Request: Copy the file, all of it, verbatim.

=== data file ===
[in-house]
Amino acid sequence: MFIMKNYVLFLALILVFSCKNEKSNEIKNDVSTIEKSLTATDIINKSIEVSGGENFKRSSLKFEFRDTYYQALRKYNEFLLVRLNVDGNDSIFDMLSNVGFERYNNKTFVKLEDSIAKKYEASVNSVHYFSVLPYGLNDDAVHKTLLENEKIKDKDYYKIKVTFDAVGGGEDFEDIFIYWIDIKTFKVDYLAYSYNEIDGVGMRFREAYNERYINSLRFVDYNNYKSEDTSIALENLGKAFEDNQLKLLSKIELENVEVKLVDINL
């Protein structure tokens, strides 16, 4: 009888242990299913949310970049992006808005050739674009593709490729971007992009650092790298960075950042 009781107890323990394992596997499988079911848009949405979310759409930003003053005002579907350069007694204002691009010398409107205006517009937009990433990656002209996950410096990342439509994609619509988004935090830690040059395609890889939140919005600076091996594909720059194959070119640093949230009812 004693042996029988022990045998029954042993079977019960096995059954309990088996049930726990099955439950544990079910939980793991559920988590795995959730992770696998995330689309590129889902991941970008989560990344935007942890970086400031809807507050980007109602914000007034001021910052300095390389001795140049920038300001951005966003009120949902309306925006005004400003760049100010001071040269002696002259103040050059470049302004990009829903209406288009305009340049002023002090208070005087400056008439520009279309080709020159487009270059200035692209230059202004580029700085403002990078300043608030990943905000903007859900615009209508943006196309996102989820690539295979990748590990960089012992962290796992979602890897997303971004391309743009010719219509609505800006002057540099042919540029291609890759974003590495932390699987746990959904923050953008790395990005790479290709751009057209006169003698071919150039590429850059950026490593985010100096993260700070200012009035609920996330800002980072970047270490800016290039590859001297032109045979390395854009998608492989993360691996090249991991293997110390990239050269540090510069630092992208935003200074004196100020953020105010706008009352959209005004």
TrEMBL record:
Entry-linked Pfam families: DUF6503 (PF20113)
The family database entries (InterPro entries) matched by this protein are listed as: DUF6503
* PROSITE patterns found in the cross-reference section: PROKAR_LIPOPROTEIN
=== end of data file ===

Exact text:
[in-house]
Amino acid sequence: MFIMKNYVLFLALILVFSCKNEKSNEIKNDVSTIEKSLTATDIINKSIEVSGGENFKRSSLKFEFRDTYYQALRKYNEFLLVRLNVDGNDSIFDMLSNVGFERYNNKTFVKLEDSIAKKYEASVNSVHYFSVLPYGLNDDAVHKTLLENEKIKDKDYYKIKVTFDAVGGGEDFEDIFIYWIDIKTFKVDYLAYSYNEIDGVGMRFREAYNERYINSLRFVDYNNYKSEDTSIALENLGKAFEDNQLKLLSKIELENVEVKLVDINL
């Protein structure tokens, strides 16, 4: 009888242990299913949310970049992006808005050739674009593709490729971007992009650092790298960075950042 009781107890323990394992596997499988079911848009949405979310759409930003003053005002579907350069007694204002691009010398409107205006517009937009990433990656002209996950410096990342439509994609619509988004935090830690040059395609890889939140919005600076091996594909720059194959070119640093949230009812 004693042996029988022990045998029954042993079977019960096995059954309990088996049930726990099955439950544990079910939980793991559920988590795995959730992770696998995330689309590129889902991941970008989560990344935007942890970086400031809807507050980007109602914000007034001021910052300095390389001795140049920038300001951005966003009120949902309306925006005004400003760049100010001071040269002696002259103040050059470049302004990009829903209406288009305009340049002023002090208070005087400056008439520009279309080709020159487009270059200035692209230059202004580029700085403002990078300043608030990943905000903007859900615009209508943006196309996102989820690539295979990748590990960089012992962290796992979602890897997303971004391309743009010719219509609505800006002057540099042919540029291609890759974003590495932390699987746990959904923050953008790395990005790479290709751009057209006169003698071919150039590429850059950026490593985010100096993260700070200012009035609920996330800002980072970047270490800016290039590859001297032109045979390395854009998608492989993360691996090249991991293997110390990239050269540090510069630092992208935003200074004196100020953020105010706008009352959209005004």
TrEMBL record:
Entry-linked Pfam families: DUF6503 (PF20113)
The family database entries (InterPro entries) matched by this protein are listed as: DUF6503
* PROSITE patterns found in the cross-reference section: PROKAR_LIPOPROTEIN